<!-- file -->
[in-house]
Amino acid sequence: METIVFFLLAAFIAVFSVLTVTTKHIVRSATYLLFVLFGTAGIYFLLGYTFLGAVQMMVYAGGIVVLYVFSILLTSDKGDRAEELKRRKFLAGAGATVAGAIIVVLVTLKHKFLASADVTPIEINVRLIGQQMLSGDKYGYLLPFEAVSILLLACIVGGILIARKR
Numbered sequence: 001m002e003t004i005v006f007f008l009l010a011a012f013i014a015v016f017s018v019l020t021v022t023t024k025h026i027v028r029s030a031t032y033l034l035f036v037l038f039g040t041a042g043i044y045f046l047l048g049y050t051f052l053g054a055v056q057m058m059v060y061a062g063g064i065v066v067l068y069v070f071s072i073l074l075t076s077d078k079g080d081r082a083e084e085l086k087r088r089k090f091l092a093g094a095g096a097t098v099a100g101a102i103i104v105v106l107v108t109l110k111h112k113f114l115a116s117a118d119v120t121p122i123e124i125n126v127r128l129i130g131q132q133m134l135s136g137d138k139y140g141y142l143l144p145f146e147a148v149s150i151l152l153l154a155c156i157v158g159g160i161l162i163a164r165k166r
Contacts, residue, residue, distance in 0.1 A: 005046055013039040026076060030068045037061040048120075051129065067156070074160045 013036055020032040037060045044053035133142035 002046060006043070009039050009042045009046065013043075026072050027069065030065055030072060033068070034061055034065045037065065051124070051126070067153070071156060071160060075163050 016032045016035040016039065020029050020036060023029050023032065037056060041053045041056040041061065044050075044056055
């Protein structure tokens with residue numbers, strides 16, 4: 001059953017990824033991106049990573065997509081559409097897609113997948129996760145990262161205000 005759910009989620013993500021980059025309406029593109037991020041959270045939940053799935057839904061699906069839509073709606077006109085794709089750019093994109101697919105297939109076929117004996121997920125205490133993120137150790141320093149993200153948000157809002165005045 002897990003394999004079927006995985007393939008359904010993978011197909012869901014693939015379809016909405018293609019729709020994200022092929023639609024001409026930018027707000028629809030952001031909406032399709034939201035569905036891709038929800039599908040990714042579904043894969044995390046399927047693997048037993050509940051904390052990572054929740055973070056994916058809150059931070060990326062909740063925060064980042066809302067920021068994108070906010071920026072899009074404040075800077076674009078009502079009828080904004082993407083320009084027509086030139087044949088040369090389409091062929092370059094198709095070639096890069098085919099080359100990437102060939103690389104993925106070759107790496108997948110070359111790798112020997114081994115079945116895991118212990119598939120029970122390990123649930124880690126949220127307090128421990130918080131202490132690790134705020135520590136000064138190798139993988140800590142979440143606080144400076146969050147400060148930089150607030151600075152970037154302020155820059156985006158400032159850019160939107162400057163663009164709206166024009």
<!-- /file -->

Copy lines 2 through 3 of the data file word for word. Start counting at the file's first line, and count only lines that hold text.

Amino acid sequence: METIVFFLLAAFIAVFSVLTVTTKHIVRSATYLLFVLFGTAGIYFLLGYTFLGAVQMMVYAGGIVVLYVFSILLTSDKGDRAEELKRRKFLAGAGATVAGAIIVVLVTLKHKFLASADVTPIEINVRLIGQQMLSGDKYGYLLPFEAVSILLLACIVGGILIARKR
Numbered sequence: 001m002e003t004i005v006f007f008l009l010a011a012f013i014a015v016f017s018v019l020t021v022t023t024k025h026i027v028r029s030a031t032y033l034l035f036v037l038f039g040t041a042g043i044y045f046l047l048g049y050t051f052l053g054a055v056q057m058m059v060y061a062g063g064i065v066v067l068y069v070f071s072i073l074l075t076s077d078k079g080d081r082a083e084e085l086k087r088r089k090f091l092a093g094a095g096a097t098v099a100g101a102i103i104v105v106l107v108t109l110k111h112k113f114l115a116s117a118d119v120t121p122i123e124i125n126v127r128l129i130g131q132q133m134l135s136g137d138k139y140g141y142l143l144p145f146e147a148v149s150i151l152l153l154a155c156i157v158g159g160i161l162i163a164r165k166r